Prolonged asymmetric vestibular stimulation induces opposite, long-term effects on self-motion perception and ocular responses

Authors


V. E. Pettorossi: Department of Internal Medicine, Section of Human Physiology, Via del Giochetto, 06126 Perugia, Italy.  Email: vitopett@unipg.it

Key points

  • • The semicircular canals of the labyrinths are a source of information for self-motion perception and reflex eye movements.
  • • Prolonged vestibular asymmetric stimulation of standing humans about the earth-vertical axis, made of fast body rotation to one side and slow rotation to the other side, induced different adaptive mechanisms in the perception of body motion and in the vestibulo-ocular reflex (VOR).
  • • Motion perception became progressively more asymmetric, increasing gradually in response to the fast body rotation and decreasing in response to the slow rotation. VOR became gradually more symmetric, decreasing for fast body movement and increasing for slow movement.
  • • These oppositely directed adaptive effects in motion perception and VOR persisted for at least 30 min.
  • • Long-lasting asymmetric stimulation discloses independent brain mechanisms for perception of body motion and eye movement control.
  • • These adaptive mechanisms may enhance awareness toward the side where the body is moving faster, while improving eye stabilizing properties of the VOR.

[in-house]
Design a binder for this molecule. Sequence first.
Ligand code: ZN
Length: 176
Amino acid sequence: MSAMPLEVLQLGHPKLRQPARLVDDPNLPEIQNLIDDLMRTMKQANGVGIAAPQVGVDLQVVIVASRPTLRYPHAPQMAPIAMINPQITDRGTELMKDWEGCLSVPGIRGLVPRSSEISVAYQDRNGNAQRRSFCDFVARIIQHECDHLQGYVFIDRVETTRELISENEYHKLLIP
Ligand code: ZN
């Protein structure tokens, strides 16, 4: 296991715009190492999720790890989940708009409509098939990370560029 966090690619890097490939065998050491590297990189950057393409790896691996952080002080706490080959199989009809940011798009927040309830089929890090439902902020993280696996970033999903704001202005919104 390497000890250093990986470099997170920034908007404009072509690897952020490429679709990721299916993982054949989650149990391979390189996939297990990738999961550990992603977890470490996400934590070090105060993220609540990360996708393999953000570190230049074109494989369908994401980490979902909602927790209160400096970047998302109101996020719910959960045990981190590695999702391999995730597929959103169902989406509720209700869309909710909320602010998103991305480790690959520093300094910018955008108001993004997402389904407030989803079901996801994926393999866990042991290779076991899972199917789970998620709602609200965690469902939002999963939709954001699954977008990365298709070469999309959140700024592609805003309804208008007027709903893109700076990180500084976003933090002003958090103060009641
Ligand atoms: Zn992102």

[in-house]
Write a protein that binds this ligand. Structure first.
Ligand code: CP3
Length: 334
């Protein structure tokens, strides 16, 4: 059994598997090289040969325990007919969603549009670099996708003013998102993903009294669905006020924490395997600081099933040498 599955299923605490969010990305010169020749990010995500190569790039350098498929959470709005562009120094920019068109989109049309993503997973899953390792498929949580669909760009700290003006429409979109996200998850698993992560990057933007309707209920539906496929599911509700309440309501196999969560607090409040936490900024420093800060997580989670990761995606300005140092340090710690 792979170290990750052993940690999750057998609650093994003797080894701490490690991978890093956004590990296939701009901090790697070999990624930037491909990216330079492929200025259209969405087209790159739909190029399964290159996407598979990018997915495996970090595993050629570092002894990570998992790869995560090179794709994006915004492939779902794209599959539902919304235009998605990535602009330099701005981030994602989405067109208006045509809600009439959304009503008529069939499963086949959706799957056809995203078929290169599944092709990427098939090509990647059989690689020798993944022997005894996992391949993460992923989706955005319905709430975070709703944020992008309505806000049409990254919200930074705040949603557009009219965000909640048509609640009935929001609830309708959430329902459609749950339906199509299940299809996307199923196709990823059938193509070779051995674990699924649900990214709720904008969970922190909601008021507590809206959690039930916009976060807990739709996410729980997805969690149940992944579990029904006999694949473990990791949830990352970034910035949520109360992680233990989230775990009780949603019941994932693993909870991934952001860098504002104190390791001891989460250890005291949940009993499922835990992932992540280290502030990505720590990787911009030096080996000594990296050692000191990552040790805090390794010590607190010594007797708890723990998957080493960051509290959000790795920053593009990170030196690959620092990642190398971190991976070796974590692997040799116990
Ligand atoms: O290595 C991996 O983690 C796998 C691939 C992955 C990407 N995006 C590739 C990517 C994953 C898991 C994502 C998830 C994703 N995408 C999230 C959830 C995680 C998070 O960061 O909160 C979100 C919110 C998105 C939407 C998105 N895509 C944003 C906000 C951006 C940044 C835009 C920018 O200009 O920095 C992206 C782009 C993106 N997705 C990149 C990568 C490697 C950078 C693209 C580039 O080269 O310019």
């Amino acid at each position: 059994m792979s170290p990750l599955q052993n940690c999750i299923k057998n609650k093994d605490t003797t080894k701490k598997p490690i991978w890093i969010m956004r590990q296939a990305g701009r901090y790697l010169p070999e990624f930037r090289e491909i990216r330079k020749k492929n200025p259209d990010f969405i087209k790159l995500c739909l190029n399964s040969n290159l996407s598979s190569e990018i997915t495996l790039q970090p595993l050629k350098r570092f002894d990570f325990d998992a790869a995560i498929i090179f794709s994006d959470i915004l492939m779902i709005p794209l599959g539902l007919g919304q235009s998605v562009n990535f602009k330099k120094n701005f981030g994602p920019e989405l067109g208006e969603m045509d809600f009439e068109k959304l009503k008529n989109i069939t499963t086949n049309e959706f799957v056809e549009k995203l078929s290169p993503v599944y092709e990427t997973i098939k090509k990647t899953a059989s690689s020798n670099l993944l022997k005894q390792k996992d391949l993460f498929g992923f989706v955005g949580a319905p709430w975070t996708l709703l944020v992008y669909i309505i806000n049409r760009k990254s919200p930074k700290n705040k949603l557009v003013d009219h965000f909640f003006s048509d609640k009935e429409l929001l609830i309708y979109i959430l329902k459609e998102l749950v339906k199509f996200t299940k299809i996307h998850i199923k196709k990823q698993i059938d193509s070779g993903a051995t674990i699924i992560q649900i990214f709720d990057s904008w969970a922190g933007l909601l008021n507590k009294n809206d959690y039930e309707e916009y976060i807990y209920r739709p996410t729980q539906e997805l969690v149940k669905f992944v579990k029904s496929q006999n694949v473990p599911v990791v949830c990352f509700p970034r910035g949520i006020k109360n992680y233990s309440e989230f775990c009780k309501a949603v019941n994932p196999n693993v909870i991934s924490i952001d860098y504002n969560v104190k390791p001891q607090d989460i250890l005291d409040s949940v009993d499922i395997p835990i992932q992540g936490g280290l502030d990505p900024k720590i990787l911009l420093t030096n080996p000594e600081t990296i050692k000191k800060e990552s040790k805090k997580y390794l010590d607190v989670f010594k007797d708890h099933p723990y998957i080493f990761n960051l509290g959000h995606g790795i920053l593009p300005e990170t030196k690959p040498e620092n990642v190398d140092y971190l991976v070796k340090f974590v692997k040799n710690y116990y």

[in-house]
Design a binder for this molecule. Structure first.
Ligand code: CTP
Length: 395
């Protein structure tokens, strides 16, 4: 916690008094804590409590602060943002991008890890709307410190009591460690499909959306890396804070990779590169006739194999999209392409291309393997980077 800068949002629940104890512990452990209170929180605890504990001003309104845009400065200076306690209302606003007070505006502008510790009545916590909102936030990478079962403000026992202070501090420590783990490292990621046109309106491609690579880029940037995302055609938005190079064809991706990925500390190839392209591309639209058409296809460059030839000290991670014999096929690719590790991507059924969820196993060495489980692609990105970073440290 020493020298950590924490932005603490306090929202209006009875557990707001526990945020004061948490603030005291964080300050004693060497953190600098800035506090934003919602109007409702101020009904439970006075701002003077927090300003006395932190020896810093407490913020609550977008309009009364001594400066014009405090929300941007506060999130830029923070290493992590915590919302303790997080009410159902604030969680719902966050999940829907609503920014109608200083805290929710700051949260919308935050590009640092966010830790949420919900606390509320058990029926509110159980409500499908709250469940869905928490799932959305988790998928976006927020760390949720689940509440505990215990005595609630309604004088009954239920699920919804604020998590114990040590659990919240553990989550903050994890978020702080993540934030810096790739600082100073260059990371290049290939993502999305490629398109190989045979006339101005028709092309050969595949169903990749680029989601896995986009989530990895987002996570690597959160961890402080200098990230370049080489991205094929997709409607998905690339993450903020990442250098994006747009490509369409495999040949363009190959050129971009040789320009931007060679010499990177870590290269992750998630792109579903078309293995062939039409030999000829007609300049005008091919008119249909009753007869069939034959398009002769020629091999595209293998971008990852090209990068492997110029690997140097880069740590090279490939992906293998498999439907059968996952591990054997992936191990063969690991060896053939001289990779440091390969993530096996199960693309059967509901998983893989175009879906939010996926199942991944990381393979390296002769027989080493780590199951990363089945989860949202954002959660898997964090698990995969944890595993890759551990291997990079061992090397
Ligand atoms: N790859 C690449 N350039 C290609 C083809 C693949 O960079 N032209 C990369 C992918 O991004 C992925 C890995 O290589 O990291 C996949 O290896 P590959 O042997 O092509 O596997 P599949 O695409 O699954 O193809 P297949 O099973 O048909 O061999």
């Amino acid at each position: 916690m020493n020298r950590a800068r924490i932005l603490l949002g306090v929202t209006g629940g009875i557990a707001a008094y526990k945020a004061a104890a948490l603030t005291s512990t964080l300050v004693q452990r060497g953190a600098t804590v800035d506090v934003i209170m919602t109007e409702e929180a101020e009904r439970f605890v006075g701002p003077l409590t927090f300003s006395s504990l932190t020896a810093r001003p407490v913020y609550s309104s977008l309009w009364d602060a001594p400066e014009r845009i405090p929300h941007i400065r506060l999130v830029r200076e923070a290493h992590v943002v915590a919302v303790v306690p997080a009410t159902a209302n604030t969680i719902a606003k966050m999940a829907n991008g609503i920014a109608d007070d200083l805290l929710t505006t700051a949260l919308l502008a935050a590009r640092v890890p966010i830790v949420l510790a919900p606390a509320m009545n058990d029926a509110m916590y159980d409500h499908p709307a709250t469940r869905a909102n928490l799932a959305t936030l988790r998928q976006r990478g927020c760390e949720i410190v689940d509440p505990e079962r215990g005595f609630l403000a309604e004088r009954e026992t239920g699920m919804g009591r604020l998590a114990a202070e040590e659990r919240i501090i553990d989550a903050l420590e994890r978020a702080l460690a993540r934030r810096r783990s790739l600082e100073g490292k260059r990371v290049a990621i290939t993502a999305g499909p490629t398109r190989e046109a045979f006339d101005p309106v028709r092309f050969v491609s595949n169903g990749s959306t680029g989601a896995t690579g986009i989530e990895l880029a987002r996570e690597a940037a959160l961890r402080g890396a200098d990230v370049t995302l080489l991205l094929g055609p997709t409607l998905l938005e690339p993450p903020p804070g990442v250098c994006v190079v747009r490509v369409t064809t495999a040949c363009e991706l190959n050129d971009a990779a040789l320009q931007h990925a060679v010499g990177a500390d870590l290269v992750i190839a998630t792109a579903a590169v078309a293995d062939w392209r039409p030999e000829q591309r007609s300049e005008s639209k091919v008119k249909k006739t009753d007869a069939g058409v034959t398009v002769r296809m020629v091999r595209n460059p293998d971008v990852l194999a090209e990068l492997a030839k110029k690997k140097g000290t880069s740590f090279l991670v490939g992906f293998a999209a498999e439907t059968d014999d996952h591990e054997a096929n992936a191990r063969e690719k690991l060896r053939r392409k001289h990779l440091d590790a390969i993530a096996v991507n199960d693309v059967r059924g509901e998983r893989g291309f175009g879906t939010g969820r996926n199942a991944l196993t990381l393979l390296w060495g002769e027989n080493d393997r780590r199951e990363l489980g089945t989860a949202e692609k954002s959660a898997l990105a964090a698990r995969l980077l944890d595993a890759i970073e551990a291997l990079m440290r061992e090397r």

Abstract  Self-motion perception and the vestibulo-ocular reflex (VOR) were investigated in healthy subjects during asymmetric whole body yaw plane oscillations while standing on a platform in the dark. Platform oscillation consisted of two half-sinusoidal cycles of the same amplitude (40°) but different duration, featuring a fast (FHC) and a slow half-cycle (SHC). Rotation consisted of four or 20 consecutive cycles to probe adaptation further with the longer duration protocol. Self-motion perception was estimated by subjects tracking with a pointer the remembered position of an earth-fixed visual target. VOR was measured by electro-oculography. The asymmetric stimulation pattern consistently induced a progressive increase of asymmetry in motion perception, whereby the gain of the tracking response gradually increased during FHCs and decreased during SHCs. The effect was observed already during the first few cycles and further increased during 20 cycles, leading to a totally distorted location of the initial straight-ahead. In contrast, after some initial interindividual variability, the gain of the slow phase VOR became symmetric, decreasing for FHCs and increasing for SHCs. These oppositely directed adaptive effects in motion perception and VOR persisted for nearly an hour. Control conditions using prolonged but symmetrical stimuli produced no adaptive effects on either motion perception or VOR. These findings show that prolonged asymmetric activation of the vestibular system leads to opposite patterns of adaptation of self-motion perception and VOR. The results provide strong evidence that semicircular canal inputs are processed centrally by independent mechanisms for perception of body motion and eye movement control. These divergent adaptation mechanisms enhance awareness of movement toward the faster body rotation, while improving the eye stabilizing properties of the VOR.

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